Summit Date: August 1st, around 10:30
Party: Ryan Cragun, Mark Woolley, Tom Triplett
While in Utah I did my annual hike with my two hiking buddies, Tom and Mark. Having hiked all the highpoints within about a day’s drive of Salt Lake City, we decided to do something local this year. Of course, it’s not like a local hike is a disappointment – lots of people fly to SLC specifically for the hiking nearby (plenty of mountains around SLC). Mark picked the hike: Pfeifferhorn or Little Matterhorn. Most websites say the elevation is 11,326 with a round-trip hiking distance of about 9 miles.
The trail begins at the White Pine Trailhead up Little Cottonwood Canyon, which leads to two alpine lakes: White Pine Lake and Red Pine Lake. Mark took a picture of the trail that was posted at the trailhead:
I added the upper trail to the image, which isn’t always clearly marked. I also added some descriptions (in red) which you can see in better detail if you click on the above image and look at it at full size.
We started hiking around 6:30. The starting elevation according to my watch, which includes an altimeter, was about 7,400 feet. There were other people hiking the trail, but it wasn’t overly busy.
Here we are at the beginning of the hike:
It’s actually a very pleasant hike up to the lower lake with scenic views. It seemed that was as far as most of the people who were on the trail were hiking. Here’s a photo from the lower trail on the way up to the lake:
There was a guy up at the lake who had camped there the night before. He snapped this shot for us:
Mark, the designated hike photographer, took some great shots of the lakes, like this one:
There were also some beautiful wild flowers just to the East of the lake along the trail. We were so overcome by the beauty that Tom and Mark had to frolick in the flowers:
From the lower lake you basically cross to the east of it then run into a rock scramble where the trail kind of ends. If you follow the rocks up, staying to the west of the upper lakes, you’ll eventually run into a ridge that continues from the tree line all the way up to the ridge line that runs east/west. This is definitely the easiest way to make it to the ridge, even though it is quite steep. We didn’t see it, initially, but we saw a guy coming down that way and asked him the easiest way to make it to the ridge. He pointed it out and it was very easy. It’s obviously the way you are meant to go as there is a clear trail about half way up that ridge that is easy to follow. Here’s a shot of the upper and lower Red Pine Lakes from the ridge:
Once you make the ridge, you actually drop to the south of it and skirt a small peak. This part is really easy hiking as it’s pretty level and has great views to the south of the peak. You also get your first glimpse of Pfeifferhorn once you make the ridge. Here’s a shot of me walking along this level part (this is actually as we were headed back down):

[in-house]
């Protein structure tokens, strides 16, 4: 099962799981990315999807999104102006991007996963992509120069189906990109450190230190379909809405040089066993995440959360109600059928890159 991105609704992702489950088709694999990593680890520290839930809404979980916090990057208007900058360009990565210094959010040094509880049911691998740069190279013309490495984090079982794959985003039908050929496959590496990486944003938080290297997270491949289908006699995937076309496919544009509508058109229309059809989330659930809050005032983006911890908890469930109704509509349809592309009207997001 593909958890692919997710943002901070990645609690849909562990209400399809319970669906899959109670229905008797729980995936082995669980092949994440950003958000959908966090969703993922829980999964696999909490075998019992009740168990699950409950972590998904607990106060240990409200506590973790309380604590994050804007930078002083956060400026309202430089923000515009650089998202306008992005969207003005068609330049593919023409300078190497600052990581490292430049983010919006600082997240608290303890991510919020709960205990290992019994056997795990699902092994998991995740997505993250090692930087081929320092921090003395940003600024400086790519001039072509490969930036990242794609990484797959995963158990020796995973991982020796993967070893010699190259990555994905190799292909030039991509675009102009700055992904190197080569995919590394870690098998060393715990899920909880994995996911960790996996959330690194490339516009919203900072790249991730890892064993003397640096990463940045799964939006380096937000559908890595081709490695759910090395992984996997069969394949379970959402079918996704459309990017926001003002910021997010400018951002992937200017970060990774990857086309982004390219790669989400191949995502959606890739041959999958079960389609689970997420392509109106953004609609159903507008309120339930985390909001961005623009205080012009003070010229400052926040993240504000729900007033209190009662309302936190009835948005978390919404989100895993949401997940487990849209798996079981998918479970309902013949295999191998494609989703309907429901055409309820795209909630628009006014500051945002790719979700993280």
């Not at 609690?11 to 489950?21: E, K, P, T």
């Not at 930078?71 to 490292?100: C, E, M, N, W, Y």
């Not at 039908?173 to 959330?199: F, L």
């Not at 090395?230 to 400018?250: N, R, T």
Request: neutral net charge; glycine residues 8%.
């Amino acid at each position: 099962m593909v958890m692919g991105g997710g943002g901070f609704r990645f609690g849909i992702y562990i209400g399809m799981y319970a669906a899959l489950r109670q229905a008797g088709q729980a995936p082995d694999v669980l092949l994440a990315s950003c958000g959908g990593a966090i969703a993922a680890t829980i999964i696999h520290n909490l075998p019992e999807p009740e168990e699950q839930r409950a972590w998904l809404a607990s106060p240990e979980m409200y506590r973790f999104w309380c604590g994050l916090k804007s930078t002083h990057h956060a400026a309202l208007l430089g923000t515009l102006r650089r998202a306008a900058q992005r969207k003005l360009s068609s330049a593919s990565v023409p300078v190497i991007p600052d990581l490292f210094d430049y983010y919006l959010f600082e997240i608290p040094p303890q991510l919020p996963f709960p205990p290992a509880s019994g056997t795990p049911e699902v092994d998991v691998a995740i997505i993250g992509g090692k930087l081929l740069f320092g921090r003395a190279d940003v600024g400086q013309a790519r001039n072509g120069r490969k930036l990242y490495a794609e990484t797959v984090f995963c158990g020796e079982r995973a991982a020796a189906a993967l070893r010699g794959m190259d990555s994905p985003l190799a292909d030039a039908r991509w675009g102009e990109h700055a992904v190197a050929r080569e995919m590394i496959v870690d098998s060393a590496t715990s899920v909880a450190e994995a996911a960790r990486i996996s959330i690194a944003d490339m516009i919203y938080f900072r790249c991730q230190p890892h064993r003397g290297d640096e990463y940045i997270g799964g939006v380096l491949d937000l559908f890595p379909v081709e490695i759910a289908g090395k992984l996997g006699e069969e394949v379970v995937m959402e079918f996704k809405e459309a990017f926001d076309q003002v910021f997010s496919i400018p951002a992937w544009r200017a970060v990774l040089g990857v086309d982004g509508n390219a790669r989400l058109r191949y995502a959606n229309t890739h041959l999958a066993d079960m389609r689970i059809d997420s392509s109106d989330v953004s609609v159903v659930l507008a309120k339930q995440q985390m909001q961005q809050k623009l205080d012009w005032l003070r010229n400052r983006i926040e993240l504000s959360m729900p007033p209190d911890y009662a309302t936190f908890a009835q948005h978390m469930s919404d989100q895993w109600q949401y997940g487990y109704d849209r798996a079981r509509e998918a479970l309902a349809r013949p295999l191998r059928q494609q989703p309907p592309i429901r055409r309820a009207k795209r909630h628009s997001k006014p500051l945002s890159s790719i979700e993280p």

You follow the clear trail along the back or south of the ridge until you reach the razorback. People make it out to be particularly challenging, but it isn’t that bad. It is a rock scramble with fairly steep sides (if you fall off the north side, you’ll probably die; the south side would just be very, very painful). But it’s pretty wide – a good 20 to 30 feet in most places – and you can go over the top or to the north (the steeper side, of course) so long as you can scramble over fairly large rocks. There were only a couple of times that I felt like it was a bit precarious, but for the most part it is not scary. Here’s how it looks as you approach it headed up the mountain:
That’s Tom in the photo. On the way up, we skirted to the right or north of the razorback, avoiding the really steep pile of rocks right in the middle. On the way back we went right over the top. It wasn’t that challenging. What is daunting at this point, however, is the last push up the summit. You can see some green along the ridge up the summit. That’s basically where the trail runs. It looks really steep and, well, it is pretty steep, but it’s not terrible. Also, we had read that the last push is about a 700 foot elevation gain. After we crossed the razorback, I checked my altimeter and it said about 10,300 feet. That seemed about right assuming the summit is just over 11,000 feet. About 20 minutes later, we were at the top. It actually isn’t as bad as it looks. My altimeter read 10,600 feet at the top. I’m guessing there is something wrong with my watch, but based on my readings, the last push is closer to a 300 foot elevation gain, not 700 feet.
We spent about an hour at the top enjoying the view, eating, and snapping photos:
Another group of about 5 guys arrived on the summit just after we did and left just before we did. There were a few flies and there was a chipmunk on the summit trying to raid our food, but it was actually quite pleasant and the view was great.
Here’s a shot of Mt. Timpanogos to the south:
We got back to the parking lot without incident at around 1:30. So, it took from 6:30 to 10:30 to summit; we spent 1 hour on the summit; it took 2 hours to descend. Our total time was about 7 hours on the mountain.
We were tired, of course, by the time we got to the car, but we were not as exhausted as we’ve been in years past. This was about the perfect level of hike for us – challenging but not insane.
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